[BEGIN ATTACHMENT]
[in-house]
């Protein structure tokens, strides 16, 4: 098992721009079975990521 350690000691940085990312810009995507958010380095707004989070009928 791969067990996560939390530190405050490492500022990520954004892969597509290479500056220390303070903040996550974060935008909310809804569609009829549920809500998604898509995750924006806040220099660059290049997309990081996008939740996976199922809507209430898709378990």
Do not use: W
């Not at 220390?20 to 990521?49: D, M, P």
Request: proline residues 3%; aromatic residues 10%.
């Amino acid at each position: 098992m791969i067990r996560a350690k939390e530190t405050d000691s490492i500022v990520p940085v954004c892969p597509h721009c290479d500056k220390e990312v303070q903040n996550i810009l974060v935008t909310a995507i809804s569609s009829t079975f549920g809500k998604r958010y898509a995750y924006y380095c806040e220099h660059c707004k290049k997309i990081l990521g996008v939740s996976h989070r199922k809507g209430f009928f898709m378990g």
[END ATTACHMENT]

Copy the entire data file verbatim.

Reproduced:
[in-house]
């Protein structure tokens, strides 16, 4: 098992721009079975990521 350690000691940085990312810009995507958010380095707004989070009928 791969067990996560939390530190405050490492500022990520954004892969597509290479500056220390303070903040996550974060935008909310809804569609009829549920809500998604898509995750924006806040220099660059290049997309990081996008939740996976199922809507209430898709378990």
Do not use: W
């Not at 220390?20 to 990521?49: D, M, P």
Request: proline residues 3%; aromatic residues 10%.
């Amino acid at each position: 098992m791969i067990r996560a350690k939390e530190t405050d000691s490492i500022v990520p940085v954004c892969p597509h721009c290479d500056k220390e990312v303070q903040n996550i810009l974060v935008t909310a995507i809804s569609s009829t079975f549920g809500k998604r958010y898509a995750y924006y380095c806040e220099h660059c707004k290049k997309i990081l990521g996008v939740s996976h989070r199922k809507g209430f009928f898709m378990g």